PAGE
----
The Brooklyn Nets have acquired 2017-2018 MVP and seven-time All-NBA guard James Harden in a four-team blockbuster including Cleveland and Indiana.
Well, you can’t stay you’re surprised, can you? Sean Marks and the Brooklyn Nets front office have made good on their commitments to bring the franchise a championship by finally trading for eight-time All-Star and former MVP James Harden on Wednesday afternoon. Details of the trade are as follows, and will be updated with any amendments:
- Brooklyn Nets receive: James Harden
- Cleveland Cavaliers receive: Jarrett Allen, Taurean Prince
- Houston Rockets receive: Victor Oladipo, Dante Exum, Rodions Kurucs, (3) future first-rounders via Brooklyn (2022, 2024, 2026), (1) Milwaukee first-round pick via Cleveland (2022, unprotected), and (4) future 1st round swaps via Brooklyn (2021, 2023, 2025, 2027)
- Indiana Pacers receive: Caris LeVert, future 2nd-pick (via Houston)
So, just 12 games into their first season with Kyrie Irving and Kevin Durant on the floor (well somewhat), a championship roster has retooled, reloaded, and assembled the most dangerous lineup in the Eastern Conference, if not the entire NBA. That’s also fairly dependent upon Irving’s return to the floor—which is still not on a timetable—but I digress.
Harden, who lead the league in scoring last year behind a 34.3 points per game average, had grown pessimistic in recent months (if not years) about his potential to win a championship in Houston. After issuing a trade request prior to the season’s start, the star guard escalated his frustrations as far as to call his team “just not good enough” to win a championship, after the Rockets’ loss to the Los Angeles Lakers on Tuesday night. That was enough to force the Rockets’ hands.
Now, it’s important to note that Brooklyn has now traded away control of every first-round draft selection between now and 2027; a move that may have some fans rocking in a post-traumatic state for the foreseeable future, with the infamous trade for Kevin Garnett, Paul Pierce, and Jason Terry still sitting comfily in the rearview. Rest assured, however, this is not that deal.
While Harden may only be one man, as ESPN’s Zach Lowe loves to reiterate: he alone is a walking playoff berth. Believe it or not, that’s actually good news for the Nets, who currently sit with six wins and six losses, and seventh in the East. Spencer Dinwiddie‘s injury and Kyrie Irving’s leave of absence have caused unforeseen issues for Brooklyn, who walked into the season among the favorites to capture the 2021 title. There’s little doubt those two situations played a part in today’s happenings.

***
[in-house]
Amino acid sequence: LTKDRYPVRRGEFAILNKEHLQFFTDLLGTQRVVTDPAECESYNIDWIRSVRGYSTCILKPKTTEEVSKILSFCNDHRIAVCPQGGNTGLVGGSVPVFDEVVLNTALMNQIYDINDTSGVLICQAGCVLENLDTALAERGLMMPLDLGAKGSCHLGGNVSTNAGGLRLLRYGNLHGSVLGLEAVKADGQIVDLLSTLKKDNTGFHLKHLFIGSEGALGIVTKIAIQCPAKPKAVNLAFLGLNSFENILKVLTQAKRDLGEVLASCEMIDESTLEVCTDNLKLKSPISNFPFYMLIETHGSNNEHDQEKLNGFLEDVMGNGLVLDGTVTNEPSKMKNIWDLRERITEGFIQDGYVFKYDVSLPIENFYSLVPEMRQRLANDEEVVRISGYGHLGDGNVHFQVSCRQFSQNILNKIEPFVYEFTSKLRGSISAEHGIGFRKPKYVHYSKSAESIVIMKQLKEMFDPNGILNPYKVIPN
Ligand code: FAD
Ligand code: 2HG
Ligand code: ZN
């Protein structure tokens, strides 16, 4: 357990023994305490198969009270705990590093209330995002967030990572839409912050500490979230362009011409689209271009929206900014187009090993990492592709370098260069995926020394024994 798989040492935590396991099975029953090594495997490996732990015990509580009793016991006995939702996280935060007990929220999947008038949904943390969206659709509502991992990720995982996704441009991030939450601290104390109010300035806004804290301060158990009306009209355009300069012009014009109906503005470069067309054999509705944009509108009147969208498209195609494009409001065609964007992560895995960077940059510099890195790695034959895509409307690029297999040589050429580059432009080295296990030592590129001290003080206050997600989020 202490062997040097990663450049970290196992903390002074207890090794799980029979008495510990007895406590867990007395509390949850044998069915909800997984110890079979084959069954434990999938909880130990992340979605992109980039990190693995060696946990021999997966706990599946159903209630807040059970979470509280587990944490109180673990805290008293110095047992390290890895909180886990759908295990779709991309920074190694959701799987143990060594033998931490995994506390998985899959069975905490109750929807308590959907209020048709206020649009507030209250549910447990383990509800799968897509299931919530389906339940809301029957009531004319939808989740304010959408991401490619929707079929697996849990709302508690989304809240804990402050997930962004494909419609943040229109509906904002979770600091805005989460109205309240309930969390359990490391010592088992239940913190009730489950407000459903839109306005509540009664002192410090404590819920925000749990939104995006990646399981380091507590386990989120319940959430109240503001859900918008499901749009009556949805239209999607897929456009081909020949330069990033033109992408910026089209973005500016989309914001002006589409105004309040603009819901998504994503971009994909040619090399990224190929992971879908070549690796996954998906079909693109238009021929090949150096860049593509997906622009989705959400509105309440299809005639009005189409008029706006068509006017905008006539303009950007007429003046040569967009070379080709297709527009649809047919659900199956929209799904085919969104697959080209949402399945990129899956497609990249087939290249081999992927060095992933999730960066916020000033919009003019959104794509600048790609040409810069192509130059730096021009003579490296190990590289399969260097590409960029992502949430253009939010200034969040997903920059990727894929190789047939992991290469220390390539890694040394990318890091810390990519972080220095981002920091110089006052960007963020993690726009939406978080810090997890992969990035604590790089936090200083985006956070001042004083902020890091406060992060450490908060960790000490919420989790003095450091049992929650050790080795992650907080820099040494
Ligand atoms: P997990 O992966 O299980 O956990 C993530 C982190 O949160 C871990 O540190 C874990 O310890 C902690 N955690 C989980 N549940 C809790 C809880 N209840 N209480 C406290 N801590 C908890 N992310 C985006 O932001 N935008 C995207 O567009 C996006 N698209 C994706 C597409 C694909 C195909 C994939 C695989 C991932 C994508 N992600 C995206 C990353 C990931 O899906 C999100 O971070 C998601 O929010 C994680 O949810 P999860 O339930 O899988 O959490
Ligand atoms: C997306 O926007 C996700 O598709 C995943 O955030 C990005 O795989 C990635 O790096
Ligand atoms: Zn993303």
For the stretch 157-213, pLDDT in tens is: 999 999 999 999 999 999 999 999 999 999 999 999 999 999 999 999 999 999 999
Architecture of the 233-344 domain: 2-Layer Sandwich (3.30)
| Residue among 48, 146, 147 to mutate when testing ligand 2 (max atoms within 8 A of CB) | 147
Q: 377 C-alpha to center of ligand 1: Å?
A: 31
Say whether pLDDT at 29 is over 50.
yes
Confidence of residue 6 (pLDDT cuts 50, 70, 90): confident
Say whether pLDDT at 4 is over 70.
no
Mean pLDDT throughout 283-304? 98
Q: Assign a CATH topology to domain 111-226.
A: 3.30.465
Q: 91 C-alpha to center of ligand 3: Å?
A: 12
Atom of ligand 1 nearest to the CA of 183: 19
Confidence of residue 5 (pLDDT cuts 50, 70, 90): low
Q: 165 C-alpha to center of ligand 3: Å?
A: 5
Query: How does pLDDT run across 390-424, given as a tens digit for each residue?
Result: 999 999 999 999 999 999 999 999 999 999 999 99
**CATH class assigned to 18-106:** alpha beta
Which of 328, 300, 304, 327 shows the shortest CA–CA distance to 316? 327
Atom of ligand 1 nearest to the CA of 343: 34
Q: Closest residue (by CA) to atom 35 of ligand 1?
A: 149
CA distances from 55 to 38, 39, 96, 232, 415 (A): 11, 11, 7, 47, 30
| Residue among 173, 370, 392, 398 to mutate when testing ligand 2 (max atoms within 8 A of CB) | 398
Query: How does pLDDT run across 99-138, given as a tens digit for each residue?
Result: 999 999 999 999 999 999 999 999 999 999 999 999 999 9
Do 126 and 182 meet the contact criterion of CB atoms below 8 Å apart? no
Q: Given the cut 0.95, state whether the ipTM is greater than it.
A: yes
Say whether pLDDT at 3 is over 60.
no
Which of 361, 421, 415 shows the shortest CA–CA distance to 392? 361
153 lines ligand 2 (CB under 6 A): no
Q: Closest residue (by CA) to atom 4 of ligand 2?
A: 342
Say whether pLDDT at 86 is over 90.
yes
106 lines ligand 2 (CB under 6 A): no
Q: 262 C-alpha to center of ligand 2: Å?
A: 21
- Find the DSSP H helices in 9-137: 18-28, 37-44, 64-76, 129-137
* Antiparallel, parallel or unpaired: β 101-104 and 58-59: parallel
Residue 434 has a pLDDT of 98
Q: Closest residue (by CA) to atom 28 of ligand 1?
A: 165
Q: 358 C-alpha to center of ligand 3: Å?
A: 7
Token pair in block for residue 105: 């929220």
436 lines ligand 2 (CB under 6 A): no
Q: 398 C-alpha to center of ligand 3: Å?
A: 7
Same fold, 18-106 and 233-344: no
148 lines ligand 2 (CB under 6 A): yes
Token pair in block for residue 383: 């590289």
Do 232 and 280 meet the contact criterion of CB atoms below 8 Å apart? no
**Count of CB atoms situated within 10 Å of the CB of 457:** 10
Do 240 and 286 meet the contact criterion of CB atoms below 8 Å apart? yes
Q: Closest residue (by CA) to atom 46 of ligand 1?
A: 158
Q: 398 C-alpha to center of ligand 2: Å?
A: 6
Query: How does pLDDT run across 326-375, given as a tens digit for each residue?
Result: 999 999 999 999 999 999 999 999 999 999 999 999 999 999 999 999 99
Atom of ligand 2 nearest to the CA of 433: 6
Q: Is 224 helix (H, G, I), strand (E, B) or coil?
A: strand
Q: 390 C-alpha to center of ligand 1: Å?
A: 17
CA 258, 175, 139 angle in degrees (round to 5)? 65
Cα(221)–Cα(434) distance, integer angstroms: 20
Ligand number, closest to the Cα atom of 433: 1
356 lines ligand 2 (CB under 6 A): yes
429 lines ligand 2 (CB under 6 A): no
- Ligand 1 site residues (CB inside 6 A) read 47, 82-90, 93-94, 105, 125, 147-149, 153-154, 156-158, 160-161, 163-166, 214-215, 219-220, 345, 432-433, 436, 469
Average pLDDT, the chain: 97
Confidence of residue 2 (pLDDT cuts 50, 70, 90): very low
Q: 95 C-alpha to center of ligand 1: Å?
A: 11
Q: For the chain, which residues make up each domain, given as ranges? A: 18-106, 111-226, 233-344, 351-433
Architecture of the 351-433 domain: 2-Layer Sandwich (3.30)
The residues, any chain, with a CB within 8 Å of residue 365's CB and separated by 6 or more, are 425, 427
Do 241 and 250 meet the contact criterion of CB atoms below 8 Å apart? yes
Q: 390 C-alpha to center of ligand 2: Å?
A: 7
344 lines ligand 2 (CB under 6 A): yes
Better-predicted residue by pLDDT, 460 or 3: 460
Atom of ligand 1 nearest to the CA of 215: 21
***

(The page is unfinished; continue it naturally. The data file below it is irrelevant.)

Still, with those absences taking precedent, it’s going to be hard moving forward confident in an even thinner roster. There were early hopes that the Nets could have found a way to acquire defensive standout P.J. Tucker in a deal for Harden, but it appears (for now) that he will be staying put in Houston as a member of the new-look Rockets. So, Brooklyn loses both LeVert and Allen, two of their top-defenders in order to acquire a man who’s never likely discussed defense as a viable winning strategy.
Nonetheless, this isn’t a deal you can afford to pass up. If nothing else, the Nets have kept James Harden out of the hands of their biggest competition, primarily the Philadelphia 76ers, who were reportedly also in talks with Houston on Wednesday.
Beyond that, if there was any frustration growing within Durant and his camp regarding Brooklyn’s handling of the latest Kyrie Irving saga, this should at least put a quell to that for the remainder of this season. Then, they can readjust in the offseason, optimally as winners of the 2021 NBA Finals, given the monstrous draft haul they’ve pushed into the middle of the table. For now, the Brooklyn Nets and their fans should sleep soundly, knowing that their team is now home to two top-five players in today’s game, and some of the best odds (if not the best odds) to capture the upcoming title. Game on.